1 - Plain, 2 - Plain (reduced), 3 - w/ Silver Leaf, 4 - w/ Silver Leaf (reduced & encased), 5 - w/ Reducing Silver Glass Frit, 6 - w/ TerraNova2 Frit, 7 & 8 - w/ Tuxedo, Copper Green, Opal Yellow, Ivory & Peace
Effetre Dark Violet Transparent is a nice, dense transparent colour by Effetre standards, and if you use it in a solid-coloured bead, the resulting bead looks almost black. However, in thin layers, Dark Violet isn't really all that dark at all. If you use it over Ivory or White, it is actually a little washed out, so if you are using it in layered designs, I recommend using a more colourful colour under it (e.g. Pale Pink, Pale Blue, or Pale Purple opaque glass) that has something of its own going on in order to get a more vibrant result.
Dark Violet is reactive, both with silver and other colours, in an interesting, subtle way.
Here you can see that in the bead where I used silver leaf on top of the Dark Violet and just melted it in, the silver all but disappears. When the silver is reduced and encased, it turns silvery and metallic under the clear, but more interestingly, it fumes the base glass next to it so that it is cloudy and a vibrant blue colour.
Silver Glass reduction frit is pretty nice on top of Dark Violet. I really like the way my frit blend worked out on top of it in the bead on the left.
In the bead on the right, I got some strike from my TerraNova2 frit, but it didn't really pop. As usual with this test, don't read too much into it. I do this to find the bases where silver glass effortlessly blooms and Dark Violet is clearly not one of those colours, but that doesn't mean that someone more skilled at striking it than me couldn't get good colour out of it on top of Dark Violet.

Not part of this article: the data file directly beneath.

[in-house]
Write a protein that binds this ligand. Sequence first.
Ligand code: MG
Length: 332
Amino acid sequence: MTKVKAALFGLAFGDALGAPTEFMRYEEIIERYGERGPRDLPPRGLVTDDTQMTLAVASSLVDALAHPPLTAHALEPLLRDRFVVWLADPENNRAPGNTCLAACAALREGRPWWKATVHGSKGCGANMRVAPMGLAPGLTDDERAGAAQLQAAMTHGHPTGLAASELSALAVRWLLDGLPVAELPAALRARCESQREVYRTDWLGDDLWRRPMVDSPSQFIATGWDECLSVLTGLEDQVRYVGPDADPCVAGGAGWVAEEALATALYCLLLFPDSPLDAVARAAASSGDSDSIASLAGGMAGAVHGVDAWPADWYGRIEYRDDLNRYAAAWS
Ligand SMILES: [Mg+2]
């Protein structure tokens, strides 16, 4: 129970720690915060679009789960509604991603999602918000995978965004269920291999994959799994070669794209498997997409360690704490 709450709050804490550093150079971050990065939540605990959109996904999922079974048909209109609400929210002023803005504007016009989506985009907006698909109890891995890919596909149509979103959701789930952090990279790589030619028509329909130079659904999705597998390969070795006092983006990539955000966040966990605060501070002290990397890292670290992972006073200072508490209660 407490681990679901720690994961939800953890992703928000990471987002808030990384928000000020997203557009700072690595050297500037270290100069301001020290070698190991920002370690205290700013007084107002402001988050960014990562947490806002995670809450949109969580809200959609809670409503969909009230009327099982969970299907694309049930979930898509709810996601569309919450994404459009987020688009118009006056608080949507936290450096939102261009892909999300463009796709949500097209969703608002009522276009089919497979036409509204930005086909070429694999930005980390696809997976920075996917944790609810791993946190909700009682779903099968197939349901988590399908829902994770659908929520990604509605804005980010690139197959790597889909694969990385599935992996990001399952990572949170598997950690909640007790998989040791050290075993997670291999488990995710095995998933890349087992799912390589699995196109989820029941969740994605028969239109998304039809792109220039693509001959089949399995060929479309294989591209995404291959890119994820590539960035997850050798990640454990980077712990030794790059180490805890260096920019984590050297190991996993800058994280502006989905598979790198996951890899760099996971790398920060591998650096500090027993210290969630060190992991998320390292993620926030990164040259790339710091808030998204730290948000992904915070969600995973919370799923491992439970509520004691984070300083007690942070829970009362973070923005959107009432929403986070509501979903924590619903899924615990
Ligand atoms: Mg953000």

I didn't get much in the way of reaction from Tuxedo. I almost never do with transparent colours.
Copper Green, Opal Yellow, and Peace all separate on top of Dark Violet. Copper Green also separates when Dark Violet is used on top of it, but Opal Yellow and Peace don't seem to. They do, however, both act sort of strangely. You can see in the bead on the right that the Opal Yellow has developed a huge number of purple freckles, obscuring for the most part the dots and lines I drew. I think this is the Dark Violet breaking up on top of it, but it's hard to be sure. In the case of peace, there is a weird crack-like separation line developed between the Ivory and Peace. This has never happened before, so I want to blame it on the Dark Violet but don't really see a way to do that when it is only happening where the Peace meets the Ivory. That reaction is a bit of a mystery.
Ivory spread and curdled on top of Dark Violet. In the bead on the right, Dark Violet seems to have developed a dark line in the middle of the stringer lines I drew, and the Ivory around it looks flecked with pale purple.
Here is a goddess bead made from Dark Violet. You can see how very dark Dark Violet is when used in sculptural way.
These beads also use a little Dark Violet.